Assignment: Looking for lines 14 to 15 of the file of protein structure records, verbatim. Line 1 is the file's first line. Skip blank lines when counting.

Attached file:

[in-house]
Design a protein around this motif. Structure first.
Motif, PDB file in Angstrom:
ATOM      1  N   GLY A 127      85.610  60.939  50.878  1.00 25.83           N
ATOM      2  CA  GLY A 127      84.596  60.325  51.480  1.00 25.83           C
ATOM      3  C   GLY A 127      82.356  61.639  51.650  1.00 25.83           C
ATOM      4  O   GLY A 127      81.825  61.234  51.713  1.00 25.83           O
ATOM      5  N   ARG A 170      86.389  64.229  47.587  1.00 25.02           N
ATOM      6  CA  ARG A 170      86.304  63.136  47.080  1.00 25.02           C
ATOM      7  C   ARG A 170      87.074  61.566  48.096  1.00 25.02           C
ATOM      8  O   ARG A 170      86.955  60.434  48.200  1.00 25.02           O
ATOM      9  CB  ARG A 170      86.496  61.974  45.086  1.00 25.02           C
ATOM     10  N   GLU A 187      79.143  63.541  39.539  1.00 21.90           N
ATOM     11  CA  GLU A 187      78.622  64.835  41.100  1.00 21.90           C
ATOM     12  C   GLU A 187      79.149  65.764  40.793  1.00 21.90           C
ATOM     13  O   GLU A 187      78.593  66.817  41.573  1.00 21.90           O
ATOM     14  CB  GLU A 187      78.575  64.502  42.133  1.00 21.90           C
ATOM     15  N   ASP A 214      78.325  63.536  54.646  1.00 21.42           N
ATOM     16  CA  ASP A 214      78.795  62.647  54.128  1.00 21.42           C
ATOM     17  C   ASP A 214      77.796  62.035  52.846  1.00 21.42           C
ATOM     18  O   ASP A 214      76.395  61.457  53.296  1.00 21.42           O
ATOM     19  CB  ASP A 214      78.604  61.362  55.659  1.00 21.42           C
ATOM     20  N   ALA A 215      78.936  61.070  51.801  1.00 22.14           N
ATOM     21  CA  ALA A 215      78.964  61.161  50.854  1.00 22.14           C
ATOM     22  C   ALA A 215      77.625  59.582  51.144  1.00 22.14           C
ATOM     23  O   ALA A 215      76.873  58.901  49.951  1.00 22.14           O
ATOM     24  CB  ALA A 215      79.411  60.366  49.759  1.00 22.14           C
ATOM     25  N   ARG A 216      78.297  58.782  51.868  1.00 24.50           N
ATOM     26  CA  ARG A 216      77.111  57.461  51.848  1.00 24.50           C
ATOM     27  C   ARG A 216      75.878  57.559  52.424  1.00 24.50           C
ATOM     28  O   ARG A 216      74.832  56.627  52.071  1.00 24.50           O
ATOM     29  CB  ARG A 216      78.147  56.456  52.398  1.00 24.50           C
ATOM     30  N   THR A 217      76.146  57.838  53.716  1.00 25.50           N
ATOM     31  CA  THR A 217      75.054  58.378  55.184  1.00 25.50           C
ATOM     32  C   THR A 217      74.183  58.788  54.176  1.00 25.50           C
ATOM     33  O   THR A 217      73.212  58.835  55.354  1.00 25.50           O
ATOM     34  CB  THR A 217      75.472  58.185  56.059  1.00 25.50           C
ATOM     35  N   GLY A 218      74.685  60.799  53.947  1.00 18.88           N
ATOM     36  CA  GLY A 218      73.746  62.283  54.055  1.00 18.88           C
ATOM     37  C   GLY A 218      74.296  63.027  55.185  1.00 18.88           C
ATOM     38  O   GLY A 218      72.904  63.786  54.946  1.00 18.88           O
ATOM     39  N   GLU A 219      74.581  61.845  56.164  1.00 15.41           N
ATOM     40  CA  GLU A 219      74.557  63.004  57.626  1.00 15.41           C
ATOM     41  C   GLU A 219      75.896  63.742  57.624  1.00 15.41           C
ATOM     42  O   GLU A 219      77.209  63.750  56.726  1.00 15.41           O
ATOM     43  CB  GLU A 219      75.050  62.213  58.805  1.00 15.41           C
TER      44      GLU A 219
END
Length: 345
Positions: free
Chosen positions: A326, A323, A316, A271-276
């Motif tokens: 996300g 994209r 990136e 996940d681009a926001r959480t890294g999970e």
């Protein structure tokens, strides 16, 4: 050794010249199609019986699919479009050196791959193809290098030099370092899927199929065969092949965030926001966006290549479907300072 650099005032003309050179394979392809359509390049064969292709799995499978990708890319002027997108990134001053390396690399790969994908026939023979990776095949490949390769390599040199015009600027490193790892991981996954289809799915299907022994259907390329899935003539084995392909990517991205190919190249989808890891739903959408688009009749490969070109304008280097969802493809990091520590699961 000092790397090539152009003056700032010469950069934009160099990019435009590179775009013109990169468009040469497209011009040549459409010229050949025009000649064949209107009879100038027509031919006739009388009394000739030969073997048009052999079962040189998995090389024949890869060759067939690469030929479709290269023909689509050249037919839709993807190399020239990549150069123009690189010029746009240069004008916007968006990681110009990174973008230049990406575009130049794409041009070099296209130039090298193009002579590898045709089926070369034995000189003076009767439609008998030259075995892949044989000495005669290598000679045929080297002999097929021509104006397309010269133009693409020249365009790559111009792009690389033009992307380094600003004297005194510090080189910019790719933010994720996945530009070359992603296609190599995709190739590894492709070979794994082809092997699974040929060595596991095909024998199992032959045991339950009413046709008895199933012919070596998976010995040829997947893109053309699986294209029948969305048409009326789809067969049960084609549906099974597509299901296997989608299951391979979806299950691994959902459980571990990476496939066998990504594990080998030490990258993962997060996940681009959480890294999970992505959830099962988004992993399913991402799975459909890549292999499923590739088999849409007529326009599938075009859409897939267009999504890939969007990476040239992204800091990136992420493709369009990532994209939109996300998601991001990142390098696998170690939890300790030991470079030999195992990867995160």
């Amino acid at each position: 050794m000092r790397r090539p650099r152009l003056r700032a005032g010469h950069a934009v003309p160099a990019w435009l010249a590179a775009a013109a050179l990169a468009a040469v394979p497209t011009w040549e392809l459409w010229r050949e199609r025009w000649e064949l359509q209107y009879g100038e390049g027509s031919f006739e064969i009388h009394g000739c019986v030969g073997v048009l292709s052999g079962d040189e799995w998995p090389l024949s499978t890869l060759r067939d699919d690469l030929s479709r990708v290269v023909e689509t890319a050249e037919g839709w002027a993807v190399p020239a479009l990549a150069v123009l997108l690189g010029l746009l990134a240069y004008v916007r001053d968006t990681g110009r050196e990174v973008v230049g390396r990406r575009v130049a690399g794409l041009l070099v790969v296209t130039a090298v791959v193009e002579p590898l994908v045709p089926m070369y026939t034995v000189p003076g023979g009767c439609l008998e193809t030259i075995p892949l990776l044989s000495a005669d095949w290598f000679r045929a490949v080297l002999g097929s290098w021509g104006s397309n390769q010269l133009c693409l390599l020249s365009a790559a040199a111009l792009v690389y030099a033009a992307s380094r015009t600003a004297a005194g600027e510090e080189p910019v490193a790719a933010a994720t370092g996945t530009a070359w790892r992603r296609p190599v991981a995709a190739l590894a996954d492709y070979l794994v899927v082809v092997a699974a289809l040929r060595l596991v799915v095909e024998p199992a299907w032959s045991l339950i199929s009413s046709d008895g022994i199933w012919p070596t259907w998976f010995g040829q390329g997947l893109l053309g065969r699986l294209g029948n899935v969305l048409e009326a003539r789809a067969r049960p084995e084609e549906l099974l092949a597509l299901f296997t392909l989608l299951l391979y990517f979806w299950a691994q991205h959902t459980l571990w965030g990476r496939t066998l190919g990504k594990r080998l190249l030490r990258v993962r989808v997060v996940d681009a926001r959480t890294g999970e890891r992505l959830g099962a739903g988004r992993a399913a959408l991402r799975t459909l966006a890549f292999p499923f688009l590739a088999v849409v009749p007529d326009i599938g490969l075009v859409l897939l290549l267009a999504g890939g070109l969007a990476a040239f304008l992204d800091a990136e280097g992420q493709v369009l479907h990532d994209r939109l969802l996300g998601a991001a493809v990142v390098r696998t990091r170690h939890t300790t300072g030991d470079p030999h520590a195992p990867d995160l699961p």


ATOM     11  CA  GLU A 187      78.622  64.835  41.100  1.00 21.90           C
ATOM     12  C   GLU A 187      79.149  65.764  40.793  1.00 21.90           C